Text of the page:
All the films from all the editions, including those subsequently removed, presently totalling 1167. An easy way of seeing how…
A story of greed, a lust for power, and ultimate revenge when an elderly lord abdicates to his three sons, and the two corrupt ones turn against him. A profound examination of the folly of war and the crumbling of one family under the weight of betrayal, greed, and the insatiable thirst for power.
With its powerful undercurrent of themes such as greed, power, religion, deception and revenge always at hand, breathtaking vistas captured which give the illusion of depth in the screen and the embodiment of a strange, barbaric beauty, Akira Kurosawa's Ran is a cinematic achievement unparalleled and incomparable. Ran is not a perfect film, but it is one that perfects particular components so powerfully and superlatively that all flaws are decimated, much like the measureless armies that Kurosawa presents and controls in his awesome battle sequences. With it's sweeping camera movements and sense of scope mastered, Ran is an experience that is provocative, haunting, educational and above all, enthralling.
As we enter an unfamiliar land but observe a familiar story unfold,…
I find it the hardest to rate the 5 star films, especially when they are epics.
It is much easier to rate films like Raging Bull simply because while there are a lot to praise, mostly the praise falls on the director, camera and acting.
In films like Once Upon a Time in America and now Ran, the film has so much, especially when they are 2 1/2 hours or longer.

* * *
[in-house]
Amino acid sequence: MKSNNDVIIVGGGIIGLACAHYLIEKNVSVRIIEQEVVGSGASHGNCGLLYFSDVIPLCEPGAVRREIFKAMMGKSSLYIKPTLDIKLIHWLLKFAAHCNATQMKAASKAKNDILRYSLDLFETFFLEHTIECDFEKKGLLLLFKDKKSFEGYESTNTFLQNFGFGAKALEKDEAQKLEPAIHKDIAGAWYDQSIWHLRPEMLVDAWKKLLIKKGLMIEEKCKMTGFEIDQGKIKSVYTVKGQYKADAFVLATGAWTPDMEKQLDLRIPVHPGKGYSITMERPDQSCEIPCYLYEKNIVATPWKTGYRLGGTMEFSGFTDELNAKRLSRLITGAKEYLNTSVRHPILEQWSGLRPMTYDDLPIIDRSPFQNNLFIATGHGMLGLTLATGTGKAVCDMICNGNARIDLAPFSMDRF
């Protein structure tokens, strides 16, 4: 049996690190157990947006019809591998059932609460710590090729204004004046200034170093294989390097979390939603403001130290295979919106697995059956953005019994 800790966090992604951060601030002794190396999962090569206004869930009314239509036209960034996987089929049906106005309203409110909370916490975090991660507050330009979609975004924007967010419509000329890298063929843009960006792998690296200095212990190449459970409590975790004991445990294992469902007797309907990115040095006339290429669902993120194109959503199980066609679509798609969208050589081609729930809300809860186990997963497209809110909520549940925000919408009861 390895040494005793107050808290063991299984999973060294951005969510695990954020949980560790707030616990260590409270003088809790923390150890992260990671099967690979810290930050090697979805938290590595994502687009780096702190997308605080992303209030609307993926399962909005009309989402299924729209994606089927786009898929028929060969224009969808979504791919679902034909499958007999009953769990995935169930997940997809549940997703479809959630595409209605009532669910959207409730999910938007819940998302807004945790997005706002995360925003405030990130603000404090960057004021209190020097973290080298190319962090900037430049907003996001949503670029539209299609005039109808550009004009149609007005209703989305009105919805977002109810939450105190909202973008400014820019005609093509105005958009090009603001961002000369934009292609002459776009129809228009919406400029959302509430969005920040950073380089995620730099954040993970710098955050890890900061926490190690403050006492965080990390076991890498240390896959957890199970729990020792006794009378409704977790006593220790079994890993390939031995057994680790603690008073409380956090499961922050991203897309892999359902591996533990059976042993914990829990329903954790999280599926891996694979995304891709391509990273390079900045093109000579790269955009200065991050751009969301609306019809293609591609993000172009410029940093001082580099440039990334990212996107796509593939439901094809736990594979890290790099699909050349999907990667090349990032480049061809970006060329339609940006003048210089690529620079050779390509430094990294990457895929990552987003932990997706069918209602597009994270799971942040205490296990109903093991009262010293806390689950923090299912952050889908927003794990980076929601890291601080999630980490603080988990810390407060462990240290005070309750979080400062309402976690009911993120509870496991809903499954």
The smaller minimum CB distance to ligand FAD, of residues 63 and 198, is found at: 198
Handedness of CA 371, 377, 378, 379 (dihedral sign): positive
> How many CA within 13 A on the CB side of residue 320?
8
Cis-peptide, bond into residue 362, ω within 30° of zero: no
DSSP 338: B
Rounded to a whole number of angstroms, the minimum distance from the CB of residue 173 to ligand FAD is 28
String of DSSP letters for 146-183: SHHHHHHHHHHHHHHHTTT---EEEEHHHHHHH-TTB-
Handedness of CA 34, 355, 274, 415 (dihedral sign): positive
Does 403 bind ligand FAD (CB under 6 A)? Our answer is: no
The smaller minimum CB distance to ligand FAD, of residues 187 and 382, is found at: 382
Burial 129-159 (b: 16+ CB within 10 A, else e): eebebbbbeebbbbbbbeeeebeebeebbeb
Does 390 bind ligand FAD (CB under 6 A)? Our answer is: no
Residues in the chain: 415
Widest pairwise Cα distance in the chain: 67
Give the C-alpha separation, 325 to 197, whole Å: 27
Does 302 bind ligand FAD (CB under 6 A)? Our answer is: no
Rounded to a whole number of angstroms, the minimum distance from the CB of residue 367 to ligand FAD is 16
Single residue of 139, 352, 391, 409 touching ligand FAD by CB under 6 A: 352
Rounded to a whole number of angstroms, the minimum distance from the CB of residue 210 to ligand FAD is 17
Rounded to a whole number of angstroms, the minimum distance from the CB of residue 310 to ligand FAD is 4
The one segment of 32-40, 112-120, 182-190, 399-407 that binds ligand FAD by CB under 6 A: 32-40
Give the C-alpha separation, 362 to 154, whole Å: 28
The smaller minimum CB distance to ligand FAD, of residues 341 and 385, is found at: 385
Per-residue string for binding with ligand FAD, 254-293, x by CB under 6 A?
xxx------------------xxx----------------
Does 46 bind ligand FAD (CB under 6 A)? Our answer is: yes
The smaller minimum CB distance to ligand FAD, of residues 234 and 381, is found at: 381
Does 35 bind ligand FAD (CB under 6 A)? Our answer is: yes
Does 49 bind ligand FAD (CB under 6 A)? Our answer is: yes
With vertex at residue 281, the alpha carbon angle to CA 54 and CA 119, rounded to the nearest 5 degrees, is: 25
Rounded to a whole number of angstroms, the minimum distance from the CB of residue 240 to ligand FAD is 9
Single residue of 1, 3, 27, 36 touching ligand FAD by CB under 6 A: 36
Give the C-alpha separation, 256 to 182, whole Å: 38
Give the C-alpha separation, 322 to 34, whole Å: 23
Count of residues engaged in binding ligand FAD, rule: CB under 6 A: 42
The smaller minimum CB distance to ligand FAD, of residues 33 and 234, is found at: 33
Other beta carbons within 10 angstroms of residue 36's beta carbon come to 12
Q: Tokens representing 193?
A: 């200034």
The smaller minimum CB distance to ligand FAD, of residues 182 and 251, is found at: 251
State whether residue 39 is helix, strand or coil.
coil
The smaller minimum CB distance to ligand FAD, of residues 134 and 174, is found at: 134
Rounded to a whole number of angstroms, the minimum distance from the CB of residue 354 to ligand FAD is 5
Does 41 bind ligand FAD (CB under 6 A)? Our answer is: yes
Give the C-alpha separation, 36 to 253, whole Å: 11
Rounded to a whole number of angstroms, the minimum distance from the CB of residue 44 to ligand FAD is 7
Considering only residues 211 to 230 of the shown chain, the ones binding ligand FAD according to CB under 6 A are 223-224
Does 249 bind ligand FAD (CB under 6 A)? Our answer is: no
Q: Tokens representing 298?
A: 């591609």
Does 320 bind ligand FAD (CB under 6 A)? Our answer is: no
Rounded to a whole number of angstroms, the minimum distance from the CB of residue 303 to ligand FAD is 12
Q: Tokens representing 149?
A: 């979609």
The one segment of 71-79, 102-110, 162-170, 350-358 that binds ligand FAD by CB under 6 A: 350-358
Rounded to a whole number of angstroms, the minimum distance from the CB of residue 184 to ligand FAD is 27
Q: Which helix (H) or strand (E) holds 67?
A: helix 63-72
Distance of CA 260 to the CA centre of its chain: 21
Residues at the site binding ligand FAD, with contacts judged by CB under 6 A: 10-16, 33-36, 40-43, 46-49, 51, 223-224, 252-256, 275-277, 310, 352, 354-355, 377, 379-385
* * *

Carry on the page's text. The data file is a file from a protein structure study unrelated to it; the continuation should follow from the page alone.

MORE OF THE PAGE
Its a little funy that while so many of his films have been Americanized [(Maginifcent Seven (Seven Samurai), Star Wars (Hidden Fortress), Yojimbo (A Fistfull of Dollars)], Kurosawa went and adapted William Shakespeare's King Lear.
Yet, there is hardly anything chaotic about Ran. A certain degree of harmony is always present, regardless of what is depicted on screen, be it war, manipulation, betrayal, or masssacre. A field trampled over by horses yet undisturbed, soldiers marched and chanted in an orderly fashion, a battlefield filmed in silence. Even the fire and smoke seemed geometrically symmetrical.
Everything just looks so... calculated. Organized. Every prop, down to each speck of dust, is exactly where Kurosawa wanted them to be. The position of the actors, where they'd look, where they'd put their hands, even the mountains at the background, the flowers, the clouds, are all adjusted to fit each frame perfectly. Kurosawa had full control over his film, like a painter would have over his painting.
Now, that is something.
The prevailing emotion in this film is anger. Rage, hatred, loathing. It is such a bitter, angry film that even the clouds in it seem to seethe with it. What we see is the tale of a proud, powerful man whose rule is so absolute he cannot fathom the fall he is about to experience, and what we see is the fall of a man whose past has done nothing but maim, murder, and malign those around him. He has forged his fate a thousand times over in warfare and conquest. When he demands his sons split evenly the kingdom he has created, he naively believes his authority will persist beyond his willingly ceding that authority.
This is not King…
After watching this film I have concluded that Akira Kurosawa is a genius. I mean, I already did after watching the masterpiece that was Seven Samurai, but this sprawling epic somehow manages to become superior to something that has no inferior, a masterpiece outdone by an another.